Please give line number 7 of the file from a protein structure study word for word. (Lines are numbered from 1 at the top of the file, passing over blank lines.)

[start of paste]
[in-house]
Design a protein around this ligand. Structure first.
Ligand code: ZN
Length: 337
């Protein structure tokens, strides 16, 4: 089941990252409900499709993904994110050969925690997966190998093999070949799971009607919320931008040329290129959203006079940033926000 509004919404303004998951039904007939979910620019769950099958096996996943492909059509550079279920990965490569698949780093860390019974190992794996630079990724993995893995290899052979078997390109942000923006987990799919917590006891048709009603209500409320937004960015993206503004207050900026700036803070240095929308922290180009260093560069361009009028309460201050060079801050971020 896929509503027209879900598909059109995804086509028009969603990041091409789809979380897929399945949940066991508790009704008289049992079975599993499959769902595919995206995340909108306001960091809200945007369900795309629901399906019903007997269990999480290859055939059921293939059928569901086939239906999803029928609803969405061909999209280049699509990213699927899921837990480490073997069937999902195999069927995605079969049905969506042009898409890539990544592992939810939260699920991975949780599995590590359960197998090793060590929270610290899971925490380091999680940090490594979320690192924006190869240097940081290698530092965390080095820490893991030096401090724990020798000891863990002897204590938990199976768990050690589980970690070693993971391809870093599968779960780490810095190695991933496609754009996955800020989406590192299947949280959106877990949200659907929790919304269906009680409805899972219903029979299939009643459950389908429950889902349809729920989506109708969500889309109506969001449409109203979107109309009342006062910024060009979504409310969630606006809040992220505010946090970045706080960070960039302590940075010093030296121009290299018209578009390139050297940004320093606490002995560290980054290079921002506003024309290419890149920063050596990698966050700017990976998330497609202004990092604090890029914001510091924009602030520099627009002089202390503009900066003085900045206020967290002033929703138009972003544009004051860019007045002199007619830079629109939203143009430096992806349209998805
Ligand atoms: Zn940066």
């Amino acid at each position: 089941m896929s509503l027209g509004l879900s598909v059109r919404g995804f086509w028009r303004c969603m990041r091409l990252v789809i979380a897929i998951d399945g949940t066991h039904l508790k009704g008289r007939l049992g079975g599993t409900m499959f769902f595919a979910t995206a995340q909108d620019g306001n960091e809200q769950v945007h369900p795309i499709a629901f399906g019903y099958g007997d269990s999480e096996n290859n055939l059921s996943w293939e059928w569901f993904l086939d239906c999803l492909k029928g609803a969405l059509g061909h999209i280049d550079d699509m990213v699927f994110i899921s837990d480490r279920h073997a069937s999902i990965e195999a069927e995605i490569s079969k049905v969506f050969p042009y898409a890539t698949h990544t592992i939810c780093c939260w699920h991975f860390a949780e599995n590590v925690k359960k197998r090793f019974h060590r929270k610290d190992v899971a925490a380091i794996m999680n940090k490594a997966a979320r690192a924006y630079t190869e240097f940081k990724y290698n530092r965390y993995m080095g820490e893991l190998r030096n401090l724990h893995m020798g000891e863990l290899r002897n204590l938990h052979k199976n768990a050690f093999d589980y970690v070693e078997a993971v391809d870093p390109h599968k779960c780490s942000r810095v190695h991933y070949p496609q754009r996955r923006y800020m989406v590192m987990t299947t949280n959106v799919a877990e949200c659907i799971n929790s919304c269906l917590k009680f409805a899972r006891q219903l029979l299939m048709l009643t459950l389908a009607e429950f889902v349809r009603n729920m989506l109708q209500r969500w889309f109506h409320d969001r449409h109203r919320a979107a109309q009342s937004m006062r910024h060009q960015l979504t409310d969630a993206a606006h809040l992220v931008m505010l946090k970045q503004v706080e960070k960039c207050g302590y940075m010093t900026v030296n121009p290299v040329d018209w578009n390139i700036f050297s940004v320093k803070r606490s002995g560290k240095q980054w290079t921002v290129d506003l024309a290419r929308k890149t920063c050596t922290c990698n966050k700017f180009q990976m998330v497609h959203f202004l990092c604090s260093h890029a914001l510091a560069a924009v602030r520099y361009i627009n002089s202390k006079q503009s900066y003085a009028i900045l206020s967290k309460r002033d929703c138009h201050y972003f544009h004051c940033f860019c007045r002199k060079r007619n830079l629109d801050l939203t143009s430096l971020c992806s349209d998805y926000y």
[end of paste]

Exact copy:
């Amino acid at each position: 089941m896929s509503l027209g509004l879900s598909v059109r919404g995804f086509w028009r303004c969603m990041r091409l990252v789809i979380a897929i998951d399945g949940t066991h039904l508790k009704g008289r007939l049992g079975g599993t409900m499959f769902f595919a979910t995206a995340q909108d620019g306001n960091e809200q769950v945007h369900p795309i499709a629901f399906g019903y099958g007997d269990s999480e096996n290859n055939l059921s996943w293939e059928w569901f993904l086939d239906c999803l492909k029928g609803a969405l059509g061909h999209i280049d550079d699509m990213v699927f994110i899921s837990d480490r279920h073997a069937s999902i990965e195999a069927e995605i490569s079969k049905v969506f050969p042009y898409a890539t698949h990544t592992i939810c780093c939260w699920h991975f860390a949780e599995n590590v925690k359960k197998r090793f019974h060590r929270k610290d190992v899971a925490a380091i794996m999680n940090k490594a997966a979320r690192a924006y630079t190869e240097f940081k990724y290698n530092r965390y993995m080095g820490e893991l190998r030096n401090l724990h893995m020798g000891e863990l290899r002897n204590l938990h052979k199976n768990a050690f093999d589980y970690v070693e078997a993971v391809d870093p390109h599968k779960c780490s942000r810095v190695h991933y070949p496609q754009r996955r923006y800020m989406v590192m987990t299947t949280n959106v799919a877990e949200c659907i799971n929790s919304c269906l917590k009680f409805a899972r006891q219903l029979l299939m048709l009643t459950l389908a009607e429950f889902v349809r009603n729920m989506l109708q209500r969500w889309f109506h409320d969001r449409h109203r919320a979107a109309q009342s937004m006062r910024h060009q960015l979504t409310d969630a993206a606006h809040l992220v931008m505010l946090k970045q503004v706080e960070k960039c207050g302590y940075m010093t900026v030296n121009p290299v040329d018209w578009n390139i700036f050297s940004v320093k803070r606490s002995g560290k240095q980054w290079t921002v290129d506003l024309a290419r929308k890149t920063c050596t922290c990698n966050k700017f180009q990976m998330v497609h959203f202004l990092c604090s260093h890029a914001l510091a560069a924009v602030r520099y361009i627009n002089s202390k006079q503009s900066y003085a009028i900045l206020s967290k309460r002033d929703c138009h201050y972003f544009h004051c940033f860019c007045r002199k060079r007619n830079l629109d801050l939203t143009s430096l971020c992806s349209d998805y926000y």